Suicide Prevention

If someone you know struggles with depression or thoughts of suicide, please have this phone number, 800-273-TALK, ready to share with him or her, because a representative is always available to talk, 24 hours a day, seven days a week.  Sadly, suicide is the tenth leading cause of death, according to the National Institute of Mental Health, and represents a major source of concern for many individuals and their families. It is important to know the warning signs of potential suicide so that you can help those who are struggling.

Typically, someone who considers suicide an option will talk about wishing he or she could die or wants to kill himself.  These individuals may share their feelings about being trapped with no way out of their situation or talk about how guilty and ashamed they feel about a problem.  In more dangerous scenarios, people might start planning for death, including buying large amounts of pain medication or a gun.  Sometimes, the change you might see in another involves emotional shifts in that suddenly someone who was once normally calm and happy quickly transitions either into rage or silence.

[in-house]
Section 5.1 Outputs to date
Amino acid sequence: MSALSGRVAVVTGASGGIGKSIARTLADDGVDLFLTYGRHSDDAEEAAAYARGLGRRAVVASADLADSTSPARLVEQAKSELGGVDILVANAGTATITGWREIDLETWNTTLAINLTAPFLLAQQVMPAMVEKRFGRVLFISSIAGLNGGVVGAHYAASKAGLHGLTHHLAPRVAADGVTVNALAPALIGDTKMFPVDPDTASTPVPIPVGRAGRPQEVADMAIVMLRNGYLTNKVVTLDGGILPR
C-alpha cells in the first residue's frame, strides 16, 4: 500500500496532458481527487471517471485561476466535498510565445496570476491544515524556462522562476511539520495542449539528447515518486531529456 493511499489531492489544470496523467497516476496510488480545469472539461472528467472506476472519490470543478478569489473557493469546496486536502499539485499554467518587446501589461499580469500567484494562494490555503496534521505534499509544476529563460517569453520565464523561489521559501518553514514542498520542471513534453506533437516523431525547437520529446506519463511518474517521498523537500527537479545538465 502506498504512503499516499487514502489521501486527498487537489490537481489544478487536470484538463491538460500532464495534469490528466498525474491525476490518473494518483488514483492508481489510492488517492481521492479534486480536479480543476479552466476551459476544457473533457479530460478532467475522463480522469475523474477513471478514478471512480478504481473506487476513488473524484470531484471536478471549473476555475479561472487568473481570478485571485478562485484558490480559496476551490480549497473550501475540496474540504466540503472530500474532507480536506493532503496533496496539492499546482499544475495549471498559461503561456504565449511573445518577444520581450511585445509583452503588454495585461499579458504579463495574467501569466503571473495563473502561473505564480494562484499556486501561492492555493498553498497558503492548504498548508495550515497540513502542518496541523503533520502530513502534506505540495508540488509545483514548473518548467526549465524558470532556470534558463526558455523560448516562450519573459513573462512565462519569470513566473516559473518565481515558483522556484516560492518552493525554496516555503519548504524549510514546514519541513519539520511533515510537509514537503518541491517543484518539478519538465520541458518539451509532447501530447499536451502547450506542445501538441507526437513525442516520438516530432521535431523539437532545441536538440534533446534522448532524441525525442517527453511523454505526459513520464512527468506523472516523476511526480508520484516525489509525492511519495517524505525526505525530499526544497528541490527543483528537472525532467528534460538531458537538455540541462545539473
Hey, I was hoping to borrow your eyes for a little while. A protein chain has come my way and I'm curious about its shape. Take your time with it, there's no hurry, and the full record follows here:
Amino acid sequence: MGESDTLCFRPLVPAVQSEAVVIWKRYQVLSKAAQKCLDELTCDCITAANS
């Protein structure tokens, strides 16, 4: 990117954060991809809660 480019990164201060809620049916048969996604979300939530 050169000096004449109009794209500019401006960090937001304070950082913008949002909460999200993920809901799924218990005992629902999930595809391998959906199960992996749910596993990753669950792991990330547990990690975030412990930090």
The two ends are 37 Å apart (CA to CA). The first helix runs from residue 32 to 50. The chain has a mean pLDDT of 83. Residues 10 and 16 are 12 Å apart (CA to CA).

In addition to knowing what signs to watch for, there are certain risk factors involved with suicide prevention.  Individuals who have struggled with chronic pain or have certain medical conditions may be in greater danger for suicide based on their emotional state or family history.  Often, suicide can run in families.  In other instances, people may be motivated by the recent harmful actions of friends or even celebrities.  Understanding how these influences can negatively impact those who struggle with suicide and associated conditions is important for prevention.

To help someone you may think is contemplating suicide, the first step is to engage him or her in conversation and ask a direct question about intentions.  Dialogue about suicide does not create a greater risk for the action, rather, conversation can help prevent.  Next, pay attention to what she or he has to say.  Usually, knowing someone else truly cares can contribute to prevention.  Then, maintain on-going communication with the individual so that he or she knows you are there as a support system.  Lastly, share the Suicide Prevention phone number, 800-273-TALK, so that someone is only a phone call away.

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Source: https://www.nimh.nih.gov/health/topics/suicide-prevention/index.shtml